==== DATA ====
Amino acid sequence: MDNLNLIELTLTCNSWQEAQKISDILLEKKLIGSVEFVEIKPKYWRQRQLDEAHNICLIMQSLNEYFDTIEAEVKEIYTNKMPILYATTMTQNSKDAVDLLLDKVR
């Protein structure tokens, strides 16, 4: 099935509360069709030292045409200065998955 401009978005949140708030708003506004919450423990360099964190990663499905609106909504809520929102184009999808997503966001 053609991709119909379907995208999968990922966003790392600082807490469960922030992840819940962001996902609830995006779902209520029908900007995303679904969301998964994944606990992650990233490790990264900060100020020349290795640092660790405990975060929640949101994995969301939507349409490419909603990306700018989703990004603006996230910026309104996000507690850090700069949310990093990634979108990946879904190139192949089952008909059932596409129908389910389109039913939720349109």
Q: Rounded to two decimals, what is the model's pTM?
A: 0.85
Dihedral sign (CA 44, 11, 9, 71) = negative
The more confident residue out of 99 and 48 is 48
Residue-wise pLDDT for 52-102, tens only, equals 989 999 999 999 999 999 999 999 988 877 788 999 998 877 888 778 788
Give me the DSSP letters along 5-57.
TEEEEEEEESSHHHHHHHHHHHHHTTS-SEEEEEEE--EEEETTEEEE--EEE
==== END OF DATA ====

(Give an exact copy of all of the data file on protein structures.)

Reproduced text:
Amino acid sequence: MDNLNLIELTLTCNSWQEAQKISDILLEKKLIGSVEFVEIKPKYWRQRQLDEAHNICLIMQSLNEYFDTIEAEVKEIYTNKMPILYATTMTQNSKDAVDLLLDKVR
């Protein structure tokens, strides 16, 4: 099935509360069709030292045409200065998955 401009978005949140708030708003506004919450423990360099964190990663499905609106909504809520929102184009999808997503966001 053609991709119909379907995208999968990922966003790392600082807490469960922030992840819940962001996902609830995006779902209520029908900007995303679904969301998964994944606990992650990233490790990264900060100020020349290795640092660790405990975060929640949101994995969301939507349409490419909603990306700018989703990004603006996230910026309104996000507690850090700069949310990093990634979108990946879904190139192949089952008909059932596409129908389910389109039913939720349109």
Q: Rounded to two decimals, what is the model's pTM?
A: 0.85
Dihedral sign (CA 44, 11, 9, 71) = negative
The more confident residue out of 99 and 48 is 48
Residue-wise pLDDT for 52-102, tens only, equals 989 999 999 999 999 999 999 999 988 877 788 999 998 877 888 778 788
Give me the DSSP letters along 5-57.
TEEEEEEEESSHHHHHHHHHHHHHTTS-SEEEEEEE--EEEETTEEEE--EEE